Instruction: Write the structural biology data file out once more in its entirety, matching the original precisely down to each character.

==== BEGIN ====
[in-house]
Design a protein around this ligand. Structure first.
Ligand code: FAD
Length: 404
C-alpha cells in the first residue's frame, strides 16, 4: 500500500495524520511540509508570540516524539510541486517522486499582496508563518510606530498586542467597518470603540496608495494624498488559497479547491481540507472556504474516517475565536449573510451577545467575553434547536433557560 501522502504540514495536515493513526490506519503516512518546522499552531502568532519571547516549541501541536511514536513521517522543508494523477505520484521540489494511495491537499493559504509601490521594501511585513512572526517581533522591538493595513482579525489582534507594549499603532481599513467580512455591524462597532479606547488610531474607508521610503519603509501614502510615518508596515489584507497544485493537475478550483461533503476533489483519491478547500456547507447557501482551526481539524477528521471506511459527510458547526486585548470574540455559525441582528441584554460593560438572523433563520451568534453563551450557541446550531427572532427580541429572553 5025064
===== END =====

[in-house]
Design a protein around this ligand. Structure first.
Ligand code: FAD
Length: 404
C-alpha cells in the first residue's frame, strides 16, 4: 500500500495524520511540509508570540516524539510541486517522486499582496508563518510606530498586542467597518470603540496608495494624498488559497479547491481540507472556504474516517475565536449573510451577545467575553434547536433557560 501522502504540514495536515493513526490506519503516512518546522499552531502568532519571547516549541501541536511514536513521517522543508494523477505520484521540489494511495491537499493559504509601490521594501511585513512572526517581533522591538493595513482579525489582534507594549499603532481599513467580512455591524462597532479606547488610531474607508521610503519603509501614502510615518508596515489584507497544485493537475478550483461533503476533489483519491478547500456547507447557501482551526481539524477528521471506511459527510458547526486585548470574540455559525441582528441584554460593560438572523433563520451568534453563551450557541446550531427572532427580541429572553 5025064